Because they are in the best position to observe current weather conditions, pilots can help enhance aviation safety by providing weather updates – but few do, according to the National Transportation Safety Board (NTSB), which wants to change that.
In a just-issued Safety Alert, the NTSB warns that sparse reporting and inaccurate or incomplete information adversely affect the usefulness of PIREPs (brief reports from pilots describing observed in-flight weather conditions) for improving weather forecasts and advisories and helping pilots avoid weather hazards.
Why do pilots submit relatively few PIREPS compared to overall air traffic volume?
The NTSB has some theories. Pilots may:
- be unaware that PIREPs of all weather conditions are important, including
- good or “as forecasted” weather
- lack confidence in their ability to assess weather
- not be proficient or comfortable with the various PIREP submission methods
- think that their PIREPs will not be disseminated to others.
Getting it right
When pilots do submit PIREPS, they often contain inaccurate or incomplete information. According to the NTSB, time or location errors in a PIREP greatly diminish its usefulness to pilots for strategic and tactical flight planning and to meteorologists for verifying forecasts or issuing advisories. Additionally, incomplete information or the use of nonstandard terminology or coding when reporting weather phenomena and intensity classifications significantly reduces a PIREP’s effectiveness because computers (and sometimes humans) cannot interpret the information. For example, such errors may prevent weather programs from automatically creating a graphical depiction of the PIREP.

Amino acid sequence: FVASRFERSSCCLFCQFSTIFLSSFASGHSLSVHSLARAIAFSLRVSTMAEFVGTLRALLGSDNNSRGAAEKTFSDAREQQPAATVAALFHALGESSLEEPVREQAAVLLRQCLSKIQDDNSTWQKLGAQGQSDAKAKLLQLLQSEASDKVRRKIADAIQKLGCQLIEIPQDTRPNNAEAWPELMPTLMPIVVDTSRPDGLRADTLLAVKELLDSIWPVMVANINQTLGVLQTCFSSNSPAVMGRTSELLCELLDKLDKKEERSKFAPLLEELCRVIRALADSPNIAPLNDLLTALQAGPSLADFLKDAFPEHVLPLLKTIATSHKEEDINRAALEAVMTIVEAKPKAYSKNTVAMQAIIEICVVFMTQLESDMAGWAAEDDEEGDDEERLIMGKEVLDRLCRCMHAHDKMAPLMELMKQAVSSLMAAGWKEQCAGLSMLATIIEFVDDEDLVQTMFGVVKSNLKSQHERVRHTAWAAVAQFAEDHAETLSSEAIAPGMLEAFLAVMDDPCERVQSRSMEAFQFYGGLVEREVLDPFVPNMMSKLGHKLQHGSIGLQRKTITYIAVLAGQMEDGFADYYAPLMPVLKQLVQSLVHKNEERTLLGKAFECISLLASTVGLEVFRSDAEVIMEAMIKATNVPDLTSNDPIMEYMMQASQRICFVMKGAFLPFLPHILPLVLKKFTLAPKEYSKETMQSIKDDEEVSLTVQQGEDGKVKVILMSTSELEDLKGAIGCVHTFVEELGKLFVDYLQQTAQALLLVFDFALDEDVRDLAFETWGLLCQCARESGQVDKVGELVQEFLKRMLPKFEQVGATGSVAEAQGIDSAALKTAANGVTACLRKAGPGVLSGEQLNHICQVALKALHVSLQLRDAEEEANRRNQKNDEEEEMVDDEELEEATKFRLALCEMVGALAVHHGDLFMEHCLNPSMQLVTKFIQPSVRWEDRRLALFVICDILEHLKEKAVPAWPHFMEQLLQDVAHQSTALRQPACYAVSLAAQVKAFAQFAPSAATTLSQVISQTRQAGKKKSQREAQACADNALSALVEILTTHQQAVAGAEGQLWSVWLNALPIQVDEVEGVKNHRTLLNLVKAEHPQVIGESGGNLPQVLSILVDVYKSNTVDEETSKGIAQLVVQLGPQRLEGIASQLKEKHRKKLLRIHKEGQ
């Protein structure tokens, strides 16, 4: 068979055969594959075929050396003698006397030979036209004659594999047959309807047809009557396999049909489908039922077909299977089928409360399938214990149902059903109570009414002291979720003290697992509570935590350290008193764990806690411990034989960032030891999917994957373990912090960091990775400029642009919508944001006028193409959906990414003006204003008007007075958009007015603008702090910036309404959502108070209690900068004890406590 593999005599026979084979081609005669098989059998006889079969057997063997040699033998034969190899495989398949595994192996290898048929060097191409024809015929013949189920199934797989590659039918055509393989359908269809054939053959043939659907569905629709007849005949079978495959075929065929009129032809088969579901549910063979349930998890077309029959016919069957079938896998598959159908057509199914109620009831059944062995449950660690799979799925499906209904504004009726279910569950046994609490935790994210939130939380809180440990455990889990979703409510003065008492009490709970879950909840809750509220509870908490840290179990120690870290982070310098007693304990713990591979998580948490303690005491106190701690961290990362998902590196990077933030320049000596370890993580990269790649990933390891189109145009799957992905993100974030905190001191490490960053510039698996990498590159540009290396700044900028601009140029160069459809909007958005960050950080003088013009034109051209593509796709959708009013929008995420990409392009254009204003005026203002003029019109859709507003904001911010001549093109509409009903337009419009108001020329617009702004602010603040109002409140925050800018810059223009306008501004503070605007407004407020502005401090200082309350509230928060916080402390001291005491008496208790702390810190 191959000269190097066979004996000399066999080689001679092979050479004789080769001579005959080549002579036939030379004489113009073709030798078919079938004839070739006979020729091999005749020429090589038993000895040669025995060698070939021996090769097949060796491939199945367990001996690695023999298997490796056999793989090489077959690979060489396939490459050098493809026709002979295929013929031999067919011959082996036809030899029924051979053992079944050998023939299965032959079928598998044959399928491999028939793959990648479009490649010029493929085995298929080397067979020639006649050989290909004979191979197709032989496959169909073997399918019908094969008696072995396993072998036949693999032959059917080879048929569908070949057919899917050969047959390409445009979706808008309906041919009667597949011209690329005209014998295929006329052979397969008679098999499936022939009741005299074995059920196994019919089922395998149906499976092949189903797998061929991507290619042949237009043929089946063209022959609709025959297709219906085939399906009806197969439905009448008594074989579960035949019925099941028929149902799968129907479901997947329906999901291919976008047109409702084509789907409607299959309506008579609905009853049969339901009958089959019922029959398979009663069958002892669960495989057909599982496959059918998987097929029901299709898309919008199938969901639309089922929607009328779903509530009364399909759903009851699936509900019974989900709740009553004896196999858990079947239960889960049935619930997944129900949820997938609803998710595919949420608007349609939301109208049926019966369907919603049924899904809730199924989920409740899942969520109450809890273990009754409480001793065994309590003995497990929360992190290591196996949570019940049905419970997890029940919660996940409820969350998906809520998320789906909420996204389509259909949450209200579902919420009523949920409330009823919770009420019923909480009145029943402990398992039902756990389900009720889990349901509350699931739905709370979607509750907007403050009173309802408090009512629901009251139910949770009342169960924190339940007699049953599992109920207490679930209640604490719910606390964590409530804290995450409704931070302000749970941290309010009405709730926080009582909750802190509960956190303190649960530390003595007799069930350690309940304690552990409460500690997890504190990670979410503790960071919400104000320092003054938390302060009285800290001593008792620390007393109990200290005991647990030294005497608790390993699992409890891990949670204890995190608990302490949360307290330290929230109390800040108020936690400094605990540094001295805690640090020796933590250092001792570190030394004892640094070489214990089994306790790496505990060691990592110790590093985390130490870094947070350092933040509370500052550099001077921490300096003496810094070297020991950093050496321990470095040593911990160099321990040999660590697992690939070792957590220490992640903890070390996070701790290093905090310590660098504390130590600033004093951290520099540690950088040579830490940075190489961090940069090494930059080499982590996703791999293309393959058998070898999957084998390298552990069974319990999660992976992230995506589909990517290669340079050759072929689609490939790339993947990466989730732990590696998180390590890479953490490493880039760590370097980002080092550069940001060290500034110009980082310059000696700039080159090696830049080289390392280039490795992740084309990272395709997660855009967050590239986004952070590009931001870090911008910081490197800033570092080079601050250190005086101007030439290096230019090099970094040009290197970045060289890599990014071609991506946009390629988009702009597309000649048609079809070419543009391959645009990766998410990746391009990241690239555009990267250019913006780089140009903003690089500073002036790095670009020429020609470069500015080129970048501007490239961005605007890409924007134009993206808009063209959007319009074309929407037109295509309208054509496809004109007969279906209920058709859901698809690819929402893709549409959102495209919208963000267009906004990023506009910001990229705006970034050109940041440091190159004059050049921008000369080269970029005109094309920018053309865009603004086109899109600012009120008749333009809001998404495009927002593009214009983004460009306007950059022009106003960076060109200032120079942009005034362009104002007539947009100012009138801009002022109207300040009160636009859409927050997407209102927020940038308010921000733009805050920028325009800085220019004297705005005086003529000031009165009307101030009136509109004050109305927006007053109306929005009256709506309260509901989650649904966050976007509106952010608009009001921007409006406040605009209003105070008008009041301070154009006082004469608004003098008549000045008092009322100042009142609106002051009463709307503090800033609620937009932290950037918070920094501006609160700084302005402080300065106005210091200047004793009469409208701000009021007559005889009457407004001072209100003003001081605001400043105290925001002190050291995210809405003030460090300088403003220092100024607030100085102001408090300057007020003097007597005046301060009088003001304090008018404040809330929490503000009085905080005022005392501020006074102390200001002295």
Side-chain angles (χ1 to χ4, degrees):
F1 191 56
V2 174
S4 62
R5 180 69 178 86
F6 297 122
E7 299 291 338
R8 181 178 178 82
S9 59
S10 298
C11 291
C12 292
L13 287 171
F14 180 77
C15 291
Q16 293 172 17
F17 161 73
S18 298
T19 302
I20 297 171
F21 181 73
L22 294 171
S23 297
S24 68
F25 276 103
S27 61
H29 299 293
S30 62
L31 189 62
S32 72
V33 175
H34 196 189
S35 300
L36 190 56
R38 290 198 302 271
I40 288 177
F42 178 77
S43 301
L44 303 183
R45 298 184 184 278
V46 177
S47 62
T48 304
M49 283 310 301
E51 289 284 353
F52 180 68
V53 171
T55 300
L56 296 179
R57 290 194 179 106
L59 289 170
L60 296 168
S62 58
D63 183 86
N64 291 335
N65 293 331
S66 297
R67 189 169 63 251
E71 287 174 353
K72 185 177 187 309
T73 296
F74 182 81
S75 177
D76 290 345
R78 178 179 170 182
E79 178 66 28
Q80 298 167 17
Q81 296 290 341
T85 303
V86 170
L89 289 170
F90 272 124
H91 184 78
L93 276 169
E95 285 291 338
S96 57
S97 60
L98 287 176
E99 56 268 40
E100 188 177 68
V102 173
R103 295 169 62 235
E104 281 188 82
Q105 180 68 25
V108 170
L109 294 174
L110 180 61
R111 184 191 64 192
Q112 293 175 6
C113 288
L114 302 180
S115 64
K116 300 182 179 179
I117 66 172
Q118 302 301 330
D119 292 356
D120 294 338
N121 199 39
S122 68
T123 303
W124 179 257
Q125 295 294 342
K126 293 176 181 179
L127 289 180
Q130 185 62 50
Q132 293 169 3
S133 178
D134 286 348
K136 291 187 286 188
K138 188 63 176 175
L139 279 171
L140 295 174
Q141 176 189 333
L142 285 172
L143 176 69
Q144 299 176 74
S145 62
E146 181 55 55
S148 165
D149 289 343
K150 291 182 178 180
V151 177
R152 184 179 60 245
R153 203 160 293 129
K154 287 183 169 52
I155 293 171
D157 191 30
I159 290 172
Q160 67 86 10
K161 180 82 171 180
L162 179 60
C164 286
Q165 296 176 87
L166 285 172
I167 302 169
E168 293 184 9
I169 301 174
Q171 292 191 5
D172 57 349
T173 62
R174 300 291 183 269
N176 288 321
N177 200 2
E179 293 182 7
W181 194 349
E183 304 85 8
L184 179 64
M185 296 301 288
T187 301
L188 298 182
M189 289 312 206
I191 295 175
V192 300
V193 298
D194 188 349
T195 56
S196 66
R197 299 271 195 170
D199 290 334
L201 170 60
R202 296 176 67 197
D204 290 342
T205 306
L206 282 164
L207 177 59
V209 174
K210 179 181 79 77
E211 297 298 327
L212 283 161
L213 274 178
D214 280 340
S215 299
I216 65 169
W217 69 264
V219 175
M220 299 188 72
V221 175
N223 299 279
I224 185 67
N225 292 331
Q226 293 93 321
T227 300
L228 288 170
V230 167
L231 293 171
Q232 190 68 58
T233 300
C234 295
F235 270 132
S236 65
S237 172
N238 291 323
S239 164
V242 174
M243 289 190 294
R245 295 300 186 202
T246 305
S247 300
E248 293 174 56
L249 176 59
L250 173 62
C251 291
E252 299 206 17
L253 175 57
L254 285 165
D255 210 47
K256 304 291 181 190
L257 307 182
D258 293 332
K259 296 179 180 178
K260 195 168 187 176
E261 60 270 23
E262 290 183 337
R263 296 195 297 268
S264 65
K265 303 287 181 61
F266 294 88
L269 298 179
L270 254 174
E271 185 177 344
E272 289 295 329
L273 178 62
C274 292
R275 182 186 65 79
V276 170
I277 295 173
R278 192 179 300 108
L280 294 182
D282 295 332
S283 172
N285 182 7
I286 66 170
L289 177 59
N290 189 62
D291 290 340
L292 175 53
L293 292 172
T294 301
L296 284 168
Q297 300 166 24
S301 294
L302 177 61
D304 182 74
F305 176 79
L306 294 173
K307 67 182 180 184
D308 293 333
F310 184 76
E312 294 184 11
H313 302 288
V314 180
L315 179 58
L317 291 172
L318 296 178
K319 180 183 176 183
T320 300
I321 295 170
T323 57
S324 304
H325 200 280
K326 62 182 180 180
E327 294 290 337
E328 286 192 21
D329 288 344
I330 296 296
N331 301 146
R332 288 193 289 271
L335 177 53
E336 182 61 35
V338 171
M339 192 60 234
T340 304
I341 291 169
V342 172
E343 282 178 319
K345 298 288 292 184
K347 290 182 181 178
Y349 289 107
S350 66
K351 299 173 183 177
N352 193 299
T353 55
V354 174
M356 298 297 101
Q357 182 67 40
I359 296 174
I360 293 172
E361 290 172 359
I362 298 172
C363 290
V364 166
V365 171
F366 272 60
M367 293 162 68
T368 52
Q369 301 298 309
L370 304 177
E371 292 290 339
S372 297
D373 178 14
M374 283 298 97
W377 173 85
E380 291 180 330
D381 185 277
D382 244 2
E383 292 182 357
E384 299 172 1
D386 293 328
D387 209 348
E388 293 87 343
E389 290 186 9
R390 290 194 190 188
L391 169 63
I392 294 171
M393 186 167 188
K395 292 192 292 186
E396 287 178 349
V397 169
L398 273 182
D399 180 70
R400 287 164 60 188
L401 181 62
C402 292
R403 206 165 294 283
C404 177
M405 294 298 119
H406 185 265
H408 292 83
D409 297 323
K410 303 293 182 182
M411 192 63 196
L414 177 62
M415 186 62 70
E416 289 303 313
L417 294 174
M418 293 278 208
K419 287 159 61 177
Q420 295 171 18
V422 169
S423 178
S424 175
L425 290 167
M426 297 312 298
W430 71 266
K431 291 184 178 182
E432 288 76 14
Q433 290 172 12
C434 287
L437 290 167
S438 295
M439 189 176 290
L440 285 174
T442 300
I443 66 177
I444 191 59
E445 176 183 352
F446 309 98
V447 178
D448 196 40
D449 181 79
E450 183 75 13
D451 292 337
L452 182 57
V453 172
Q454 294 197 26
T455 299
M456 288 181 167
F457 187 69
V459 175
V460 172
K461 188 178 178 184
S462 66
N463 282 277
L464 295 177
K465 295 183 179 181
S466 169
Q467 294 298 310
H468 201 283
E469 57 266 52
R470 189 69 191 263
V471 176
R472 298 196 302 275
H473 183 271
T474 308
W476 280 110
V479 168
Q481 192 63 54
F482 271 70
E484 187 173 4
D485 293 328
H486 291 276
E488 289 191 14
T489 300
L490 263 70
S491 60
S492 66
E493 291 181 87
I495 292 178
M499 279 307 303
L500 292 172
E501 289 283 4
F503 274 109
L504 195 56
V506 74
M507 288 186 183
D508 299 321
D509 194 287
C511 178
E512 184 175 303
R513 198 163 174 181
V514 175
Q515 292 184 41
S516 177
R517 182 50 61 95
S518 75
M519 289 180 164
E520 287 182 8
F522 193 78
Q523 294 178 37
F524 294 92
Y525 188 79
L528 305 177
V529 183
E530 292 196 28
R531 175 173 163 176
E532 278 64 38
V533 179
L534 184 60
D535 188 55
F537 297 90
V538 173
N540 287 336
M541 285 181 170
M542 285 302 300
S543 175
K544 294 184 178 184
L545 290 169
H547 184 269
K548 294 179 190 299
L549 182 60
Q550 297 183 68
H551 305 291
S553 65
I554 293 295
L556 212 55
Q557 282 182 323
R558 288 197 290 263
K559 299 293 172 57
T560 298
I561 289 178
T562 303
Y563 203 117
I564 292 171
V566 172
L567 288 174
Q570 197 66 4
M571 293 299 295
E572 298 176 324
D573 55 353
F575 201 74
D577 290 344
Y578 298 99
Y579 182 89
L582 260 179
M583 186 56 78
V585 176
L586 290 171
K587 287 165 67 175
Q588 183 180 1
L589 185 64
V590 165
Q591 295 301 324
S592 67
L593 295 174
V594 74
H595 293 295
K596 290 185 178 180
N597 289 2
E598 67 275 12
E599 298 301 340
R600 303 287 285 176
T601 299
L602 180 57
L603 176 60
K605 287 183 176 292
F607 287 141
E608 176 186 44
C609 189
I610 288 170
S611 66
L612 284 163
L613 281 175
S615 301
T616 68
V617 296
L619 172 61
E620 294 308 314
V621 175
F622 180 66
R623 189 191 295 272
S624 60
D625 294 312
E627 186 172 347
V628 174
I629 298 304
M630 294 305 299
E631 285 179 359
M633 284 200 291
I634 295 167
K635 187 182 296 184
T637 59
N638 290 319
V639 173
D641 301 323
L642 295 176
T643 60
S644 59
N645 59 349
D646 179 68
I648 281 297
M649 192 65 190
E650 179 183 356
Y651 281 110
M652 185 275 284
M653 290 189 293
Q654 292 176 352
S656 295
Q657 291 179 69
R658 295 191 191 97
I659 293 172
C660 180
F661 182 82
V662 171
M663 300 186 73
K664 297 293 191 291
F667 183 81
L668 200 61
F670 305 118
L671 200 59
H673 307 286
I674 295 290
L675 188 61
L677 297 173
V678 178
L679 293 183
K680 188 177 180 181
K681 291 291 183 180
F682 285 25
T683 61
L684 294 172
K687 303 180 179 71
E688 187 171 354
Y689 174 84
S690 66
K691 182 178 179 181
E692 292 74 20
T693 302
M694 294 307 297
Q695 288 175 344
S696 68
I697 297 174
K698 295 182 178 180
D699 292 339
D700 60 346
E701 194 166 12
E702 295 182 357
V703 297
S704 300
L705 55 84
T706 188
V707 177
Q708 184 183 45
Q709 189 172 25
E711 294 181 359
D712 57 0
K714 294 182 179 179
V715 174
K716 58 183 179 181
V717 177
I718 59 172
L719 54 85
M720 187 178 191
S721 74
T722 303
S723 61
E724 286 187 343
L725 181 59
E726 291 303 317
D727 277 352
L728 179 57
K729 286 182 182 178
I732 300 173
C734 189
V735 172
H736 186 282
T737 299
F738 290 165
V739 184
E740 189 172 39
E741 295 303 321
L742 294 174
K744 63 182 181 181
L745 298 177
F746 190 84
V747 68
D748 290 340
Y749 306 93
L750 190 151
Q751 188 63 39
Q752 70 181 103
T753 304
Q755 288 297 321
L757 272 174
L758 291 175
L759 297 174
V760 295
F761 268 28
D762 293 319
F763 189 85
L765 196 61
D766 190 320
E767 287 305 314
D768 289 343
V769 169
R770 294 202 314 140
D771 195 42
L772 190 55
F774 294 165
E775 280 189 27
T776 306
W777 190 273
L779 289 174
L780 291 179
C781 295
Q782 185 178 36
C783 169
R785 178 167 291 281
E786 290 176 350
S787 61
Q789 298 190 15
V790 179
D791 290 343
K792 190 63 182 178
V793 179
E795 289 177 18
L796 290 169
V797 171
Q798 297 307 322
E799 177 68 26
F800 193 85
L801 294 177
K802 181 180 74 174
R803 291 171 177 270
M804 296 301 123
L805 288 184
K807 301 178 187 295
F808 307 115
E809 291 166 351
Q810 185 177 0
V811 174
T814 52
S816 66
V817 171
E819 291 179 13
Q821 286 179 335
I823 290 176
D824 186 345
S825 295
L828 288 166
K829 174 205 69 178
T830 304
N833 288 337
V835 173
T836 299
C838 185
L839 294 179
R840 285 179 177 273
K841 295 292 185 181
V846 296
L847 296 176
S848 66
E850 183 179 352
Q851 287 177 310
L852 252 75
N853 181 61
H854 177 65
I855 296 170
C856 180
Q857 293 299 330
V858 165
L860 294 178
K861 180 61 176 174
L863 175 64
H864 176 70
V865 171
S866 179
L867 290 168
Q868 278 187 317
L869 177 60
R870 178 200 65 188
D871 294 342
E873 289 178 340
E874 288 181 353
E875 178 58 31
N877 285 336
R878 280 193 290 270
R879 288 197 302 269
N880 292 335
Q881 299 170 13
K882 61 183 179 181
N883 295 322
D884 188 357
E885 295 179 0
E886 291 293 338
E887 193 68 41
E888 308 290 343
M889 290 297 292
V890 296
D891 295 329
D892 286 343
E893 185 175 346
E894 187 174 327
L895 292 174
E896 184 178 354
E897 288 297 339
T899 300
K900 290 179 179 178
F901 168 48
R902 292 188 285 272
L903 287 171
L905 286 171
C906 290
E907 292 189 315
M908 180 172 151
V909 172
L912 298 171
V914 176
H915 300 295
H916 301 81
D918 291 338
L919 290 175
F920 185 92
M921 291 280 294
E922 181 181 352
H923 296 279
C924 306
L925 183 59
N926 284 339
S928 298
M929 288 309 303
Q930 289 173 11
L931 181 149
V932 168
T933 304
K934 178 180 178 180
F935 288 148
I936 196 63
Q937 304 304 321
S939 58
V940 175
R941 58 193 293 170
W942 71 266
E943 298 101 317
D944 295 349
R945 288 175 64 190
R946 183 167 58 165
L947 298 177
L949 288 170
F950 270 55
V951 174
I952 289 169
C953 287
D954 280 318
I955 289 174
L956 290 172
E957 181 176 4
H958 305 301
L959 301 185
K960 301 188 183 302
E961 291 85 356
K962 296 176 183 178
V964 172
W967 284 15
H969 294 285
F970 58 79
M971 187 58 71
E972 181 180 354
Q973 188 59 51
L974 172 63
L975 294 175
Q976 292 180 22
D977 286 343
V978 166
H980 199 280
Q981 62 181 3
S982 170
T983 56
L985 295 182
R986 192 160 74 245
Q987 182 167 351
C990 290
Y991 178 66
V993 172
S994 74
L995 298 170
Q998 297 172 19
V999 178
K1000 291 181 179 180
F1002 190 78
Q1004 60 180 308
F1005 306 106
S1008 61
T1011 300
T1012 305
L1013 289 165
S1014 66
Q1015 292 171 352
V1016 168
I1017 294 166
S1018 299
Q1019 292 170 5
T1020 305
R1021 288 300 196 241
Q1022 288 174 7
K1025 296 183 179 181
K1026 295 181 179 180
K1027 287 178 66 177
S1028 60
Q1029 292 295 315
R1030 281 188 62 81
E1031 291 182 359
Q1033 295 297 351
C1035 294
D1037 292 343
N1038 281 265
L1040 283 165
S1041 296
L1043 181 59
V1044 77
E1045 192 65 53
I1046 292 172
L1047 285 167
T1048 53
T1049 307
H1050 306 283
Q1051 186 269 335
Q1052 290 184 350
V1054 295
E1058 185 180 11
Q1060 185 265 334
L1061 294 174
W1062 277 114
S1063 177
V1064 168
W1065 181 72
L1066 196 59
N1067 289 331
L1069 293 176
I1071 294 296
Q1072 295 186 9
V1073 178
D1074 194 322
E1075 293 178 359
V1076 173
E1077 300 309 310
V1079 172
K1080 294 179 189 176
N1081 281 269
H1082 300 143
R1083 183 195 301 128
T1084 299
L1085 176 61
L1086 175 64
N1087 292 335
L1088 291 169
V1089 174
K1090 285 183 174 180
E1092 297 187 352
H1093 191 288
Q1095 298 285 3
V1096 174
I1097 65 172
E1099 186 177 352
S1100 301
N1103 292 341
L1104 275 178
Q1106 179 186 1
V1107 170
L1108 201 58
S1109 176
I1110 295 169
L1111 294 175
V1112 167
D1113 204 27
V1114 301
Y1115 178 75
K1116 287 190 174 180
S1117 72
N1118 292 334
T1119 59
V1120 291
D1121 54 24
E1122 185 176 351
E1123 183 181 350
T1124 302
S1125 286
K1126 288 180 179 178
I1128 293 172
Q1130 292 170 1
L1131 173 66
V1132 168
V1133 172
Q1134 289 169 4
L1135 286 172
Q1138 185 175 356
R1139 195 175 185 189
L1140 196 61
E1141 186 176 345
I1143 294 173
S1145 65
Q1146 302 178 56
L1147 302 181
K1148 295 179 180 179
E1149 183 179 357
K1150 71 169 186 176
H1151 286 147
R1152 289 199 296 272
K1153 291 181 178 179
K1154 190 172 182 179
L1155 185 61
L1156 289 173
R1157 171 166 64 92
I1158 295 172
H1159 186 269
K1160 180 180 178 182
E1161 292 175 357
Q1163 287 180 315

Why it matters
Why is up-to-the-minute weather information important?
PIREPs play a vital role in improving the weather information used to support flight safety for all aircraft operations—small and large—to avoid inadvertent encounters with hazardous weather and prevent such accident. PIREPs are one of the most important sources of information that weather forecasters use to verify or amend aviation forecast and advisory products.
Historically, weather-related accidents involving general aviation aircraft that encountered poor visibility have a higher fatality rate than all other types of accidents, and accidents involving encounters with in-flight turbulence account for the most injuries to passengers and flight attendants on board US air carriers.
What can pilots do?
- Provide PIREPs when workload permits. Even late-reported PIPEPs (filed after landing) are valuable if the time and location of the weather phenomena are reported accurately.
- Report the time and location of the weather phenomena as precisely as possible.
- Use standard terminology and/or coding when reporting the type and intensity of weather phenomena. Refer to official Federal Aviation Administration (FAA) publications (links provided below) for guidance.
- Although you should be as complete and concise as possible when giving a verbal PIREP to an air traffic controller or flight service station specialist, don’t be deterred if you are unsure of the format. The person who receives your PIREP can request clarification if needed.
- Remember that PIREPs for null and light conditions, as well as conditions that are “as forecasted,” are as important as reports of hazardous or unexpected weather.